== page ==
Perceptual is a multimedia experience meant to stimulate viewers' imaginations and promote introspection with the latest iteration "Perceptual: Sonic Landscape / Midnight Blink" during Art Basel Miami earlier this month.
Harmonium Mountain is a collection of Ross' multiple attempts to share and reinterpret an experience with nature through animated visualizations and music.
Vibrantly merging sound, light and interactivity, Colorado-based artist and musician Michael Theodore creates immersive experiences through large-scale kinetic installations.
Resembling a storm cloud with its winding structure and sudden, spontaneous bursts of light, Cumulus captivatingly converts the surrounding auditory environment into a dynamic light show.
From his studio in coastal Bari, Italian sculptor Giampiero Milella brings new life to old objects creating a new discourse for understanding the contemporary age.
Artist Doug Aitken's recent documentary captures "Station to Station," his 2013 month-long, cross-country, moving art installation.
Aerosyn~Lex Meštrović's art experiments with the written word and finds new meaning from the age-old craft of calligraphy.
Eyebeam Art + Technology Center displays a collection of works examining technology as both a tool for artistic expression as well as an antagonistic force to be rallied against.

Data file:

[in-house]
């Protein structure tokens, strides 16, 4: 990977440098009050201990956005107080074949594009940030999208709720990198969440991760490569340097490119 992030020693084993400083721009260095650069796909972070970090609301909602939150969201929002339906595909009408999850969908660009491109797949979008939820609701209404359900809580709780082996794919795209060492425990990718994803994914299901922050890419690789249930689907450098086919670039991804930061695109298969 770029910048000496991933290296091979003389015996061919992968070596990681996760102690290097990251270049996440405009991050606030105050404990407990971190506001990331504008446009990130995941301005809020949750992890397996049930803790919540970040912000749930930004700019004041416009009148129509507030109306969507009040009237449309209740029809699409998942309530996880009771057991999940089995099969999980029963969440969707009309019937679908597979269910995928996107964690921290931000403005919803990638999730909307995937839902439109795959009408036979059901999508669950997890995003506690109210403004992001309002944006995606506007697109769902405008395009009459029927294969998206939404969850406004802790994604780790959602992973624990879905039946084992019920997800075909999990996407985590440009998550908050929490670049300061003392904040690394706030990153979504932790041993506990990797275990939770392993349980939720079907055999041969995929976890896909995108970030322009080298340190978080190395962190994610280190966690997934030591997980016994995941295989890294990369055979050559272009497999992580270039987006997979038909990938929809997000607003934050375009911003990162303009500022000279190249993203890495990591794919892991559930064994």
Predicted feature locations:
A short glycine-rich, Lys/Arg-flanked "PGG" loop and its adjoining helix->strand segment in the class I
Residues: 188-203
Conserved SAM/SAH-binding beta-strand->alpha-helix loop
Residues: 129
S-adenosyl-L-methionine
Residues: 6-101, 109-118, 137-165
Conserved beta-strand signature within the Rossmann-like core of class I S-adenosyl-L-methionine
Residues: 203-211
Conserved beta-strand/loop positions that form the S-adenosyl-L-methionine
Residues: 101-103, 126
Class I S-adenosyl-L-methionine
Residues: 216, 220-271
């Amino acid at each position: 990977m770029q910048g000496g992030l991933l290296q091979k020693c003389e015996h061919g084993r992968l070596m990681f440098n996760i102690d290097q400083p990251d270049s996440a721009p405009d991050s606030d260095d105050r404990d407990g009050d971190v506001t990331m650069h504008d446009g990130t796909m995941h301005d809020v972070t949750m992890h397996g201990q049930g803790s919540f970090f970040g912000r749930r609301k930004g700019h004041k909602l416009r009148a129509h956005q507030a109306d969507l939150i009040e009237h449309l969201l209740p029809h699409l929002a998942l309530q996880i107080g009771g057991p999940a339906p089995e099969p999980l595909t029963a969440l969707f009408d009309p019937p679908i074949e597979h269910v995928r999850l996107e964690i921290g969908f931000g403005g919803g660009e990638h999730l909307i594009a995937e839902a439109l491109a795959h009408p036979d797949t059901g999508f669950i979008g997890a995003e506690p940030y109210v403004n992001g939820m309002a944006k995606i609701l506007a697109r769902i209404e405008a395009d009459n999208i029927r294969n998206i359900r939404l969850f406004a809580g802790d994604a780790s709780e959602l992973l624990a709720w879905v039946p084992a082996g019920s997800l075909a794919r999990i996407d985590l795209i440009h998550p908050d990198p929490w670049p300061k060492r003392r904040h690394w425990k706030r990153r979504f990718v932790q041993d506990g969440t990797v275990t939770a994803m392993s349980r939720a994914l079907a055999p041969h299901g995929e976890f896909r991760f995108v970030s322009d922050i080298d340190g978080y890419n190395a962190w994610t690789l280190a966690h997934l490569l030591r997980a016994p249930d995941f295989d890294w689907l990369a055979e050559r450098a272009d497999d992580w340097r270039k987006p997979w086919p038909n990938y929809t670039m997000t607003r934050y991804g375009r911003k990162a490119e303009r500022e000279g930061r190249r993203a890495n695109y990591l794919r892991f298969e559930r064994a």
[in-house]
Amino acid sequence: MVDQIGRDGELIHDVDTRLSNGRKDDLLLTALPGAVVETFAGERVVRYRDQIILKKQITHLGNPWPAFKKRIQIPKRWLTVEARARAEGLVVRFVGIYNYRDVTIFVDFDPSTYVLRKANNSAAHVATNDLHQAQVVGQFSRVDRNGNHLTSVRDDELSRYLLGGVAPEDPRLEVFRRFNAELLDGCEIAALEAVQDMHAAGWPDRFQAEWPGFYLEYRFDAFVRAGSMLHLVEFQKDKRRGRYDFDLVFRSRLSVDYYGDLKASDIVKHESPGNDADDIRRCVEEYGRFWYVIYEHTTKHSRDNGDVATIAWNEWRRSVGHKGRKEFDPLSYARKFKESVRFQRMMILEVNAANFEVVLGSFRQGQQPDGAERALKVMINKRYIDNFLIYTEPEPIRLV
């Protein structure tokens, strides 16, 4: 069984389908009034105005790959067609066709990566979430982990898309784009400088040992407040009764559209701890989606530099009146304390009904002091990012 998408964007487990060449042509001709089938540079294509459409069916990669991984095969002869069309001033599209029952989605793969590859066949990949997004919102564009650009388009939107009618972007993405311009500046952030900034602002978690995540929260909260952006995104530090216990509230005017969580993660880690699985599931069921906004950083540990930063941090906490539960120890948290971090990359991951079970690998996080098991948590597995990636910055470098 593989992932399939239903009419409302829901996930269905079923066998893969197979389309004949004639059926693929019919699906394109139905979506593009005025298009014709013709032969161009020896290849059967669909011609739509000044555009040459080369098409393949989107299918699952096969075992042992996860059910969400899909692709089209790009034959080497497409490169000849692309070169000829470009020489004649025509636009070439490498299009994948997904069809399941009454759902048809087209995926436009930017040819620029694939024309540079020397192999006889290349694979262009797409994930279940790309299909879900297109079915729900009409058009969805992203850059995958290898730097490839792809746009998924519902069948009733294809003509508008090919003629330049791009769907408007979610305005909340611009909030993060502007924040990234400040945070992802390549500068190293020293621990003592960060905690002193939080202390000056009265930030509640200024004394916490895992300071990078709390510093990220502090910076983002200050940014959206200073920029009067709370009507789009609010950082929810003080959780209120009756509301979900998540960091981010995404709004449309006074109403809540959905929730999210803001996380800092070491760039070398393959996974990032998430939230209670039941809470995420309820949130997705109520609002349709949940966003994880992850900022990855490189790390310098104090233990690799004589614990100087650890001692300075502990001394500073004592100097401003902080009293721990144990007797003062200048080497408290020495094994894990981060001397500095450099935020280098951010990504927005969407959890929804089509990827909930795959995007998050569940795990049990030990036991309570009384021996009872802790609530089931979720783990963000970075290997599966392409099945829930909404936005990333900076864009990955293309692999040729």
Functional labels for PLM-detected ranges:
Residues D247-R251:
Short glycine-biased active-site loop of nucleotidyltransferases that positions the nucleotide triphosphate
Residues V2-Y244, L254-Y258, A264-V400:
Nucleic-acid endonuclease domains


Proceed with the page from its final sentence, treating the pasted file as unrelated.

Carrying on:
Strothers has created an exhibition inspired by the 90's classic movie Space Jam. But his work doesn't go the easy, cheap route of childhood nostalgia — the artwork captures and comments on the era, the icon of the sports star, and the art world as a whole.
Making Music Modern: Design for Ear and Eye at the Museum of Modern Art celebrates the many relationships between musicians and designers and how they influence each other. Tracking the evolution of music technologies, the exhibit illuminates how listening devices have elevated musical preference from an interest to an identity.
Most of us prefer life with a filter—a blurred vignette with colors that are softer than our sight allows us to remember; we like memories a bit muted or more dramatic than they actually were. An exception is Max Ferguson.